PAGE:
Marine Litter Vital Graphics
July 11 2016
Professor Elaine Baker recently contributed to a new report released by the United Nations Environment Programme. The report, Marine Litter Vital Graphics, highlights why it is important to act now if we want to avoid living in a sea of plastic by mid-century. Though short-term fixes do exist, any lasting solution to the problem of plastic pollution must include tackling it as its source. The world population in 1950 was 2.5 billion and global production of plastic was 1.5 million tonnes. Today there are more than 7 billion people in the world and plastic production exceeds 300 million tonnes annually. The Marine Litter Vital Graphics report states that if the trend continues, by 2050 we will accumulate another 33 billion tonnes of plastic. Microplastic particles are routinely being found in the stomachs of commercial seafood and larger plastic debris, including abandoned and lost fishing nets, pose a serious threat to many marine organisms, including endangered turtle species.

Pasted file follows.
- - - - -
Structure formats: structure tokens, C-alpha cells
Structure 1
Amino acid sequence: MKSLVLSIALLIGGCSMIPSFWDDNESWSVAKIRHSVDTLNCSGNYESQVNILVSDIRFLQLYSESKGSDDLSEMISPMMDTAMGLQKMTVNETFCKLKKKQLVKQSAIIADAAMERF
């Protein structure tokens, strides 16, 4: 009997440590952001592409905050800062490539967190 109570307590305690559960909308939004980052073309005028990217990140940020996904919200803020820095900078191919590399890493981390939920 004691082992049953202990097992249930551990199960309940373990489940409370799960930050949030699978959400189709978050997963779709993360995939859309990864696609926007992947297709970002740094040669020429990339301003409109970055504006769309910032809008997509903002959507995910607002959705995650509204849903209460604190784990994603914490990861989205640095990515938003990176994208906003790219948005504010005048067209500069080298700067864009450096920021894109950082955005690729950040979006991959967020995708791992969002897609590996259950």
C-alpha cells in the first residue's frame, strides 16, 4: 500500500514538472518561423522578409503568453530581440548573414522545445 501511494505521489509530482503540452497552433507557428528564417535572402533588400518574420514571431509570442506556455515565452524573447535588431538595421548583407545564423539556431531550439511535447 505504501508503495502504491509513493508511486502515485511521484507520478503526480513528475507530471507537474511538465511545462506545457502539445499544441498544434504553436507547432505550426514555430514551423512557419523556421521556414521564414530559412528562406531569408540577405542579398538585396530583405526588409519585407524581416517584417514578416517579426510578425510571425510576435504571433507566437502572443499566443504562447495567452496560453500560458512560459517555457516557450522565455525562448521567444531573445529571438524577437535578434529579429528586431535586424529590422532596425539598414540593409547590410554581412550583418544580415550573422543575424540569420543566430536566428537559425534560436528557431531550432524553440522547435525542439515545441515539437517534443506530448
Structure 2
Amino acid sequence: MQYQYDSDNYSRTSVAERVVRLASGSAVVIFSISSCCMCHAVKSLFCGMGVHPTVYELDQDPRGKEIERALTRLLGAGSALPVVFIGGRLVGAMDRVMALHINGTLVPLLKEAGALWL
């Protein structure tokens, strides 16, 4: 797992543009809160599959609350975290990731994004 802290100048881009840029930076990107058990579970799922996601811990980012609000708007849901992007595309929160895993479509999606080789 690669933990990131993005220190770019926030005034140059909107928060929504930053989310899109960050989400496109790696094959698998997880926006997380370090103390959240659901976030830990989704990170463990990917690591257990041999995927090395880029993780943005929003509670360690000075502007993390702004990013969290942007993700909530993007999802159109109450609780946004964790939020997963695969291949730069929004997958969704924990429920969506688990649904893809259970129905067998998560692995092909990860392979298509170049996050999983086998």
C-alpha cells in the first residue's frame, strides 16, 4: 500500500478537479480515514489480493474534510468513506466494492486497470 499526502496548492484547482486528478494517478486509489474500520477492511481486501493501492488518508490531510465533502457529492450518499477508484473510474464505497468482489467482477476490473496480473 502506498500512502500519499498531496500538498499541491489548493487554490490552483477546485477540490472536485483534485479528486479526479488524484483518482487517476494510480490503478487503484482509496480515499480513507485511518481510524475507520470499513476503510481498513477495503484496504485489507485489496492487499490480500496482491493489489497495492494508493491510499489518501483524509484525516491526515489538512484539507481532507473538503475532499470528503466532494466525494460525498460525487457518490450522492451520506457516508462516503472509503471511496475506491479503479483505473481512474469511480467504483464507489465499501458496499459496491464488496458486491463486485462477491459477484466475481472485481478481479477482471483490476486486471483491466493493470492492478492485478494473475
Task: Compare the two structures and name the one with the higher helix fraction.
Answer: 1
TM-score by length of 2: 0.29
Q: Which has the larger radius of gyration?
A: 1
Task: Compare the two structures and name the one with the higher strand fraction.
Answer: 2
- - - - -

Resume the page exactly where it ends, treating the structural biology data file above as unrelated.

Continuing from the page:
To adequately address this issue, we need “upstream” governance actions that can help reduce the amount of plastic that enters the environment. Recycling is one example, but that captures only a small portion of waste plastic. Other actions include putting in place financial disincentives to the production and use of plastic materials. New rules governing a number of production processes are starting to emerge, such as plastic pellets in California, plastic bags in Bangladesh, South Africa, China and Rwanda, polystyrene foam in Haiti and Vanuatu and microbeads in Canada and the USA. Australia has instituted a voluntary phase out of products containing microbeads by 2018, but perhaps its time we took a stronger stand.
(adapted from UNEP Press release July 6 2016).